8. Great entry, Robin. This is another excellent reason to get outside and enjoy the garden. I have anecdotal evidence that it helps. Right after my son was diagnosed in the autistic spectrum, gardening seemed one of the only things that would cheer me up. When I felt down and had a few moments to myself I would sit outside in my (then Florida) garden and pull weeds. I’d never been much of a weeder and still don’t care for the task, but during that time I had pretty weed-free beds in my private backyard garden. Garden therapy — along with “purr-therapy” from my cats — has been a very helpful aspect of my life.

  9. Purr-therapy; that’s something I am totally in agreement with! My pets have gotten me through the worst times in my life and I can’t imagine life without them. I’m glad you have your garden for therapy as well.

  10. Robin, I liked this post. I am living proof it is true. I never gardened much other than planting herbs in a pot every year, but my parnter of 25 years died unexpectedly and I didn’t know what I wanted to do with my life. Last year, he made me a memory garden to honor both our moms and my sister and my friend paula who died way too young. He put in a stone patio and a flower bed on three sides. We put a few hostas and ferns out, but it was September and too late for much more. He died in December.

    I picked up the mantle, I have expanded and added annuals to the memory garden which is now named after him, and I have drawn strength to go on from the soil. I now do things I’d never thought of doing, as I had a bad back, but doing things little by little has helped strenghten my back and made me be active and lose weight. I can now wield 50lb bags of soil and fertilizer.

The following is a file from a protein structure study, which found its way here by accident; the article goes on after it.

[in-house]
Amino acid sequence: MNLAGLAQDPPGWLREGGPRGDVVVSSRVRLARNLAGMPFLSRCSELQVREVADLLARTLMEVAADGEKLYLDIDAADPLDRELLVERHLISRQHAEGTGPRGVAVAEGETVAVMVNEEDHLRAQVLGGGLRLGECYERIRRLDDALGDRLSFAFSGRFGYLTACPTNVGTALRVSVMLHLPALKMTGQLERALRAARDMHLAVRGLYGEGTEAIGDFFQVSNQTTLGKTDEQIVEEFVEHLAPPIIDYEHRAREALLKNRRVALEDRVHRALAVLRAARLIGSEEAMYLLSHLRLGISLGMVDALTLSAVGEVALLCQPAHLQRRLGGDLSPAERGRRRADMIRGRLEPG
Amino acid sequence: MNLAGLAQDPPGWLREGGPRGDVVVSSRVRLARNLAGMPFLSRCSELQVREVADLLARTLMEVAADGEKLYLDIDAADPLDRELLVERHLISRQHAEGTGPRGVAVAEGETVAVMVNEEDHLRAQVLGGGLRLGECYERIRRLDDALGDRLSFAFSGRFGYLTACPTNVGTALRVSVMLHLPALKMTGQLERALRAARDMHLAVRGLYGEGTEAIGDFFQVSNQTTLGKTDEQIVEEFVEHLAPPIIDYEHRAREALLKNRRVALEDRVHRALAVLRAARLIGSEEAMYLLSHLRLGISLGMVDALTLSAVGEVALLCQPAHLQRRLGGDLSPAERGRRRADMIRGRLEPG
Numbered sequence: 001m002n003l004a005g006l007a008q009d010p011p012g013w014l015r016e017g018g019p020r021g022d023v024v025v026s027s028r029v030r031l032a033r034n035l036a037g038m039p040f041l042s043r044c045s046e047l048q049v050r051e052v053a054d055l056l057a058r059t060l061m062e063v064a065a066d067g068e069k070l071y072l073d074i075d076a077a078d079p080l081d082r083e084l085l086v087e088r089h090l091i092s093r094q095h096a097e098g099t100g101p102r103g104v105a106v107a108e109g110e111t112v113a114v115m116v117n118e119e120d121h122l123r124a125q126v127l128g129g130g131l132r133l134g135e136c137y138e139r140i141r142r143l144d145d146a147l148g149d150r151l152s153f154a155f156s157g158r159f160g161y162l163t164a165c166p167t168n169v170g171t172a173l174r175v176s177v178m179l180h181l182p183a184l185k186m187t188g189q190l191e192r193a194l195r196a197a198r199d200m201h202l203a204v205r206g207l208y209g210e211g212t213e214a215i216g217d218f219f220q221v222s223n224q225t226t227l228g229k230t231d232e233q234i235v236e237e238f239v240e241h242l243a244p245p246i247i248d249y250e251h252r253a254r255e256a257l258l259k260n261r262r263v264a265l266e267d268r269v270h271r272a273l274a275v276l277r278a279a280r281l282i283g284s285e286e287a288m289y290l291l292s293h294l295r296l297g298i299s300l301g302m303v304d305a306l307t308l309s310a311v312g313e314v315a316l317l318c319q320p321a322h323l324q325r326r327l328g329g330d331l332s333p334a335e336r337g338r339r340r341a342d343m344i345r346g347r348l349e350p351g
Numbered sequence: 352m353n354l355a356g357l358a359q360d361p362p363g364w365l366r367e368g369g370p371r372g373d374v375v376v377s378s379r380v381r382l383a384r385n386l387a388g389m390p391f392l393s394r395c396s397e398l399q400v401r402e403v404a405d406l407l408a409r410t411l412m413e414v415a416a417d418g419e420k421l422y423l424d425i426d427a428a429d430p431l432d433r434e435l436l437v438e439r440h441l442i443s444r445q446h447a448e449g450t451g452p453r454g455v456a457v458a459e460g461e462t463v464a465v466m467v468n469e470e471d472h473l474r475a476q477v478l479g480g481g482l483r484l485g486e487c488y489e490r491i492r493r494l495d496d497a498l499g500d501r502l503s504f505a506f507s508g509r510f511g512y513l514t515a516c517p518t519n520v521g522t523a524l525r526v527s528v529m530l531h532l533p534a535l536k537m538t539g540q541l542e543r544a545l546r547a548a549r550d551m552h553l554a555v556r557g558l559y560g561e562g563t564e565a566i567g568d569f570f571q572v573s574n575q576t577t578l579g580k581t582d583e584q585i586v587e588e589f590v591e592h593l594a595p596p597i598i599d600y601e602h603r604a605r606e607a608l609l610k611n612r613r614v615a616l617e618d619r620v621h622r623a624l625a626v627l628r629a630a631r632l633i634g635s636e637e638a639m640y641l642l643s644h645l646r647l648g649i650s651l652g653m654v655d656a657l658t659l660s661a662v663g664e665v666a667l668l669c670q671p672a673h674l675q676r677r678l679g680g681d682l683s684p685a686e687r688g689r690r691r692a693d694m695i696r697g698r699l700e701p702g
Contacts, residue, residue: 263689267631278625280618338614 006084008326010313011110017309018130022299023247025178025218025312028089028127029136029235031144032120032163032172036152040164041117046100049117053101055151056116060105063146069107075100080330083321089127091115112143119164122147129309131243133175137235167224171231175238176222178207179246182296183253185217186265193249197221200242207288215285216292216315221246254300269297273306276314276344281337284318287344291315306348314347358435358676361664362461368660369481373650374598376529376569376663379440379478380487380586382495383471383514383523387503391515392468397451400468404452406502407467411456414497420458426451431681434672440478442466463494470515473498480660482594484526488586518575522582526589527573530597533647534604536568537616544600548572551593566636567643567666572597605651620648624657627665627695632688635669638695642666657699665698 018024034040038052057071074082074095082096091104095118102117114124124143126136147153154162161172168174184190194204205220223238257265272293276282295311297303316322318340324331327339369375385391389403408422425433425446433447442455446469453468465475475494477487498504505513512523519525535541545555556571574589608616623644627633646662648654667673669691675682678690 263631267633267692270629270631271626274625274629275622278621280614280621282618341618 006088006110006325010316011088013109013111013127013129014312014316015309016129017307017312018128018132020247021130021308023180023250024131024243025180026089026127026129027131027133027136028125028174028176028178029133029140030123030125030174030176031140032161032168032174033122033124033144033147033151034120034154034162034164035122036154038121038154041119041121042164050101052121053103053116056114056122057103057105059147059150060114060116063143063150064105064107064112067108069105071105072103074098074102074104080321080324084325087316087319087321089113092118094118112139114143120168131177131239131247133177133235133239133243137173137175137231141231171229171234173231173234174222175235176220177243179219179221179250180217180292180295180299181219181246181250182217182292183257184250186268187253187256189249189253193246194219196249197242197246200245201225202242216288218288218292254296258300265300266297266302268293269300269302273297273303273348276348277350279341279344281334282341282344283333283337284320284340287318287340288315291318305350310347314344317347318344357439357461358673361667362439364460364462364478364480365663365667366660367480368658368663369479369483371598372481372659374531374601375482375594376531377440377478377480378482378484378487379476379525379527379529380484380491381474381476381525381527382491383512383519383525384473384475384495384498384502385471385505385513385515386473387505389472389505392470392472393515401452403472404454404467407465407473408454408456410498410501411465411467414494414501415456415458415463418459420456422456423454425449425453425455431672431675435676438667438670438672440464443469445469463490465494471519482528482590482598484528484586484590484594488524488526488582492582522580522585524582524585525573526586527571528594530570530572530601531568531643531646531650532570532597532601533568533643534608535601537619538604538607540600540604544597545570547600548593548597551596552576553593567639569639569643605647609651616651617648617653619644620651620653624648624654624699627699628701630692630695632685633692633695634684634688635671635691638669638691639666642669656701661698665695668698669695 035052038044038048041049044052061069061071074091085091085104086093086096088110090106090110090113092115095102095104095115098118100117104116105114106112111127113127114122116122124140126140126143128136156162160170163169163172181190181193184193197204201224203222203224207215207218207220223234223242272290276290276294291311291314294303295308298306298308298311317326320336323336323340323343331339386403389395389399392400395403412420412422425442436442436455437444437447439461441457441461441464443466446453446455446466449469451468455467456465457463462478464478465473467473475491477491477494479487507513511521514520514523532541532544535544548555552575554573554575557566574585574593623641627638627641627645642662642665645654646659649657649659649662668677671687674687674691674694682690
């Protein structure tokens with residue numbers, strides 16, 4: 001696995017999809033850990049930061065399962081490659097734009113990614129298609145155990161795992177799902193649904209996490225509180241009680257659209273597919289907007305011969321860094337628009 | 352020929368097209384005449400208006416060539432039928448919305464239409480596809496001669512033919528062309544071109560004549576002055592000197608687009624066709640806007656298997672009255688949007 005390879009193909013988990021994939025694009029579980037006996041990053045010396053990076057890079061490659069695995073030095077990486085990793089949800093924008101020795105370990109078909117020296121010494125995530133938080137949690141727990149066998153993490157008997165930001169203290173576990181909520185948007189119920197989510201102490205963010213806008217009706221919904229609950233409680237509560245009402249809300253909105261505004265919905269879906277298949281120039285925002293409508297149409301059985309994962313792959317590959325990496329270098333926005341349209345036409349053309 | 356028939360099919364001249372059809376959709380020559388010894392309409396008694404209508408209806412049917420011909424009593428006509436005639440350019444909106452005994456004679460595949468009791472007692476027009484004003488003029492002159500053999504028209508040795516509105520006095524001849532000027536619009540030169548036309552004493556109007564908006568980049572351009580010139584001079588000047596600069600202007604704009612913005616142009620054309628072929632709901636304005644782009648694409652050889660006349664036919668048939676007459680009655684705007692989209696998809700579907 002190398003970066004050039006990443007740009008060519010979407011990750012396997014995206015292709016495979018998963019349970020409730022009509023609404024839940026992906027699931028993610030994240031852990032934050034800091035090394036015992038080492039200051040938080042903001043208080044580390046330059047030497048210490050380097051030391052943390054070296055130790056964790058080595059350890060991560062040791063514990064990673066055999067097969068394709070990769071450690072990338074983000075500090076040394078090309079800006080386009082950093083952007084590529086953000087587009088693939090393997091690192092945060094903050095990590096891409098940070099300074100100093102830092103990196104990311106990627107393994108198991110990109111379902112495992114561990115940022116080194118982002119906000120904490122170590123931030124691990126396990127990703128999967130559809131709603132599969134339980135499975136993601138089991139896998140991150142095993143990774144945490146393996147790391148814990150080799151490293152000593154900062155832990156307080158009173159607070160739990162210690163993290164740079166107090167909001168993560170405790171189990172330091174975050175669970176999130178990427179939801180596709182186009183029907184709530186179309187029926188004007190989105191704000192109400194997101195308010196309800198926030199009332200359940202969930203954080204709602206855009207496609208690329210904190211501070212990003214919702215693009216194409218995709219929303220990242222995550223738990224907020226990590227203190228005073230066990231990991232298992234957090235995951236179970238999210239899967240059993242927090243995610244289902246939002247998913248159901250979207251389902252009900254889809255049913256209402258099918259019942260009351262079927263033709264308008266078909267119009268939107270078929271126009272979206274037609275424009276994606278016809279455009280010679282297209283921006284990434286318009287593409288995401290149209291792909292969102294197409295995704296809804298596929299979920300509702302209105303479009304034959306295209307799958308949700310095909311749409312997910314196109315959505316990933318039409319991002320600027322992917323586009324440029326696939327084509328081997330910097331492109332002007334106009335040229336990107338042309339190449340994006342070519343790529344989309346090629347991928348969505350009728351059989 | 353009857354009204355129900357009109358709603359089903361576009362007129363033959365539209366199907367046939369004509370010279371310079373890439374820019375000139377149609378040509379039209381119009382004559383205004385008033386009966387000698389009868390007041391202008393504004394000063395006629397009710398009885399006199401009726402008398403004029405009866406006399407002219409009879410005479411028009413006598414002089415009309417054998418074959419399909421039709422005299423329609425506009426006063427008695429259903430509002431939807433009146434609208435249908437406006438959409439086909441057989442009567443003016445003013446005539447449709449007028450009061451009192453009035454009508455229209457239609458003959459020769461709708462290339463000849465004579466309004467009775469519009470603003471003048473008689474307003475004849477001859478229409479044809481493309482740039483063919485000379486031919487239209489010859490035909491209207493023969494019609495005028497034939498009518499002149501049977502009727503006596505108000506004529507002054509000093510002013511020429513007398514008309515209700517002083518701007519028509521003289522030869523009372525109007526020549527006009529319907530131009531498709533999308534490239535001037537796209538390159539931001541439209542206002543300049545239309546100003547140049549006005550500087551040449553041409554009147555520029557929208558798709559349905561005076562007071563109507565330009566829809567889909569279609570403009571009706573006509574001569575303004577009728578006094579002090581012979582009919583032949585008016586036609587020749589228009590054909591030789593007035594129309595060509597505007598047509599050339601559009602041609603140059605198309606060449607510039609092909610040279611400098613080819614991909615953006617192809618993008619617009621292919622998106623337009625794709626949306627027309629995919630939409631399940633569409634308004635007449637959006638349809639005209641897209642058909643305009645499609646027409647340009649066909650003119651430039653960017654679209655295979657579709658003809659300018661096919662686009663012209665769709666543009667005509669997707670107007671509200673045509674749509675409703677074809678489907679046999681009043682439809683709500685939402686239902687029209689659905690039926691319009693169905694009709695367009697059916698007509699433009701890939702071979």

I started on the front porch now, which is a good old large Southern porch, and I’ve made it an oasis. I’m happiest in the garden with dirty hands. A friend also says “The best therapy is dirt under the fingernails”. Thanks for the great post!

  11. What a great comment, Kevin. And what a miracle the dirt has done for you, to go on through such difficult times. And I’m really envious of that good ol’ Southern Porch! Post pictures soon, so I can see it.

  12. Ah, yes, the beautiful Amore Felinus plant in bloom! He was so cute – he ran ahead of me on the path and first he jumped in head first and all I saw was his backside sticking up out of the pot. Fortunately, he turned it over so I could take a cuter shot!

  13. Pingback: Dirt: The Gardener’s Drug of Choice